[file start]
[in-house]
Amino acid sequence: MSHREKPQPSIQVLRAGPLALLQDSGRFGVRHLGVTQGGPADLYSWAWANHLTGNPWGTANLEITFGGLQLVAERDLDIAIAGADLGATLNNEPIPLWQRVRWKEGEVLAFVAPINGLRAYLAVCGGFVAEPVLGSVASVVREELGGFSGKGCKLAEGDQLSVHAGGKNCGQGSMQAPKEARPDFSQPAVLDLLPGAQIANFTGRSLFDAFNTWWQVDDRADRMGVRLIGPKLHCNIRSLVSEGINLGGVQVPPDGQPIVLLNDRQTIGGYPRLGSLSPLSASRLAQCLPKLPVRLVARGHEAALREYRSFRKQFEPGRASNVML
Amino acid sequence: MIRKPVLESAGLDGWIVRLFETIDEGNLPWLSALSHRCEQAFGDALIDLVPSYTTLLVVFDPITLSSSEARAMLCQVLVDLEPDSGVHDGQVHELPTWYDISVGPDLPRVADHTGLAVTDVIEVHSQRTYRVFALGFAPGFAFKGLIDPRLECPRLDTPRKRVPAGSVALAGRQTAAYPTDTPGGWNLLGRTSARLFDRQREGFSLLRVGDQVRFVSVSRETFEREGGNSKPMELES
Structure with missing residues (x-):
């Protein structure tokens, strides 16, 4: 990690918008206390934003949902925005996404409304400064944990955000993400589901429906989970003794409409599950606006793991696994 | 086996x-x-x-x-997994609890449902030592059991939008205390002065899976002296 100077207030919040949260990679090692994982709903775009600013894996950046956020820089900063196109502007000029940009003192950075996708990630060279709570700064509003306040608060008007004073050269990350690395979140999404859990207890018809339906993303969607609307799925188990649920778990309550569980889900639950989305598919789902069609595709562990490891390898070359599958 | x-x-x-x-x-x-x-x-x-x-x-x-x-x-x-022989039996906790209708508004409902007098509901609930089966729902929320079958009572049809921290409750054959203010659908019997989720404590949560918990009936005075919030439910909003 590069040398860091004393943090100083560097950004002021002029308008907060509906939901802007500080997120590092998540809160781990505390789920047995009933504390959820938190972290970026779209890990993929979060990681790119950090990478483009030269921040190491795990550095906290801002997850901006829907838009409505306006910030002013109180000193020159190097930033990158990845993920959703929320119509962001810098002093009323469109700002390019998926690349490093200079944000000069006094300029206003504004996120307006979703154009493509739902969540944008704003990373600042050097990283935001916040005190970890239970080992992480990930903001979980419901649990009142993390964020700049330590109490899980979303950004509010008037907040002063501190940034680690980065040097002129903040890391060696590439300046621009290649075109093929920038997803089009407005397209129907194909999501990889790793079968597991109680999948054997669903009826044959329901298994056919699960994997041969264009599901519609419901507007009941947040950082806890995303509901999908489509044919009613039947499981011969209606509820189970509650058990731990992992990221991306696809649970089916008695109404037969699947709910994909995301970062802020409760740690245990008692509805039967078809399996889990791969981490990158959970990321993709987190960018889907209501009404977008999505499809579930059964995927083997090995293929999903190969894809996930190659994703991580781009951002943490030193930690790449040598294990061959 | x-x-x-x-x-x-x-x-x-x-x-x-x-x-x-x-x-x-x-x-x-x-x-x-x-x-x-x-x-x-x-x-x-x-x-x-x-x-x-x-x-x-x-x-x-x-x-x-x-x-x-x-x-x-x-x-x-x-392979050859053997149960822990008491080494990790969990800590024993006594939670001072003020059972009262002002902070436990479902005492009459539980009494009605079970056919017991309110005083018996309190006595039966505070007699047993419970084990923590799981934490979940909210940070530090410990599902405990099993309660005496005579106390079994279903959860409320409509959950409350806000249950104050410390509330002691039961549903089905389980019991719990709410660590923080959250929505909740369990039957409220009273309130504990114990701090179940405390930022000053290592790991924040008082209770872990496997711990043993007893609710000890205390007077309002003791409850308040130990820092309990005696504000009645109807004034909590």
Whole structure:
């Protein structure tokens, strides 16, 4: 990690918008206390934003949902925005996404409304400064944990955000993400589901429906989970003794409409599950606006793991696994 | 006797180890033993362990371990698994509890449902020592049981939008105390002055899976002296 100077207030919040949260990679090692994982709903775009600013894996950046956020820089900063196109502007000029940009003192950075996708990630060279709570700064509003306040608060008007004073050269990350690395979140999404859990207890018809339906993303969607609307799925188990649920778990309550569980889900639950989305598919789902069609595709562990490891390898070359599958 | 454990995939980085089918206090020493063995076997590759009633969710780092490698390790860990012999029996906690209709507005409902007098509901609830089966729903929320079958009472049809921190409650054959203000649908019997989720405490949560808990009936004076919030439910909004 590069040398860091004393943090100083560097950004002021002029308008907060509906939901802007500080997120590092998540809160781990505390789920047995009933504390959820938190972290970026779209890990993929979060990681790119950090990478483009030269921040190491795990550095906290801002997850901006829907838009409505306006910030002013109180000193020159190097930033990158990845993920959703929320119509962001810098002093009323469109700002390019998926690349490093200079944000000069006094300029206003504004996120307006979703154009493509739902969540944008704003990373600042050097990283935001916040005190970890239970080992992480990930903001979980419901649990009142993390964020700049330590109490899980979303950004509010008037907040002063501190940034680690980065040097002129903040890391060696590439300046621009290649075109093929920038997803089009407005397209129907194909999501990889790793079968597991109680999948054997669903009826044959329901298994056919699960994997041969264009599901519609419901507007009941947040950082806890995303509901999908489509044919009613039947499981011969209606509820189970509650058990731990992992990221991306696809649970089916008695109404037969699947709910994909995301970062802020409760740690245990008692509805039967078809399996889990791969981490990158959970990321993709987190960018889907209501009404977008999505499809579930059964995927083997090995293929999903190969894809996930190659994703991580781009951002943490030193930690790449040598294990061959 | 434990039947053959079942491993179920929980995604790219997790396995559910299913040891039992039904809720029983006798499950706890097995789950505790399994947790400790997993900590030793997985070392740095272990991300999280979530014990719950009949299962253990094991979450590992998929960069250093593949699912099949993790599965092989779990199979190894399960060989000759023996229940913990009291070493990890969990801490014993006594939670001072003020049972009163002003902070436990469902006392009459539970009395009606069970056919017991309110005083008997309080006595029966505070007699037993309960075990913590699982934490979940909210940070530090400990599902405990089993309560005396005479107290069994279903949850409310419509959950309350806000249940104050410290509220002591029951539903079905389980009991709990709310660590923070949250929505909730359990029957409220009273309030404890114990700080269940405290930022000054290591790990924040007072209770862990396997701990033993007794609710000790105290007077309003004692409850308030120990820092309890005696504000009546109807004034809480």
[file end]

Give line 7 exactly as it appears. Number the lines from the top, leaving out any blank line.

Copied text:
């Protein structure tokens, strides 16, 4: 990690918008206390934003949902925005996404409304400064944990955000993400589901429906989970003794409409599950606006793991696994 | 006797180890033993362990371990698994509890449902020592049981939008105390002055899976002296 100077207030919040949260990679090692994982709903775009600013894996950046956020820089900063196109502007000029940009003192950075996708990630060279709570700064509003306040608060008007004073050269990350690395979140999404859990207890018809339906993303969607609307799925188990649920778990309550569980889900639950989305598919789902069609595709562990490891390898070359599958 | 454990995939980085089918206090020493063995076997590759009633969710780092490698390790860990012999029996906690209709507005409902007098509901609830089966729903929320079958009472049809921190409650054959203000649908019997989720405490949560808990009936004076919030439910909004 590069040398860091004393943090100083560097950004002021002029308008907060509906939901802007500080997120590092998540809160781990505390789920047995009933504390959820938190972290970026779209890990993929979060990681790119950090990478483009030269921040190491795990550095906290801002997850901006829907838009409505306006910030002013109180000193020159190097930033990158990845993920959703929320119509962001810098002093009323469109700002390019998926690349490093200079944000000069006094300029206003504004996120307006979703154009493509739902969540944008704003990373600042050097990283935001916040005190970890239970080992992480990930903001979980419901649990009142993390964020700049330590109490899980979303950004509010008037907040002063501190940034680690980065040097002129903040890391060696590439300046621009290649075109093929920038997803089009407005397209129907194909999501990889790793079968597991109680999948054997669903009826044959329901298994056919699960994997041969264009599901519609419901507007009941947040950082806890995303509901999908489509044919009613039947499981011969209606509820189970509650058990731990992992990221991306696809649970089916008695109404037969699947709910994909995301970062802020409760740690245990008692509805039967078809399996889990791969981490990158959970990321993709987190960018889907209501009404977008999505499809579930059964995927083997090995293929999903190969894809996930190659994703991580781009951002943490030193930690790449040598294990061959 | 434990039947053959079942491993179920929980995604790219997790396995559910299913040891039992039904809720029983006798499950706890097995789950505790399994947790400790997993900590030793997985070392740095272990991300999280979530014990719950009949299962253990094991979450590992998929960069250093593949699912099949993790599965092989779990199979190894399960060989000759023996229940913990009291070493990890969990801490014993006594939670001072003020049972009163002003902070436990469902006392009459539970009395009606069970056919017991309110005083008997309080006595029966505070007699037993309960075990913590699982934490979940909210940070530090400990599902405990089993309560005396005479107290069994279903949850409310419509959950309350806000249940104050410290509220002591029951539903079905389980009991709990709310660590923070949250929505909730359990029957409220009273309030404890114990700080269940405290930022000054290591790990924040007072209770862990396997701990033993007794609710000790105290007077309003004692409850308030120990820092309890005696504000009546109807004034809480």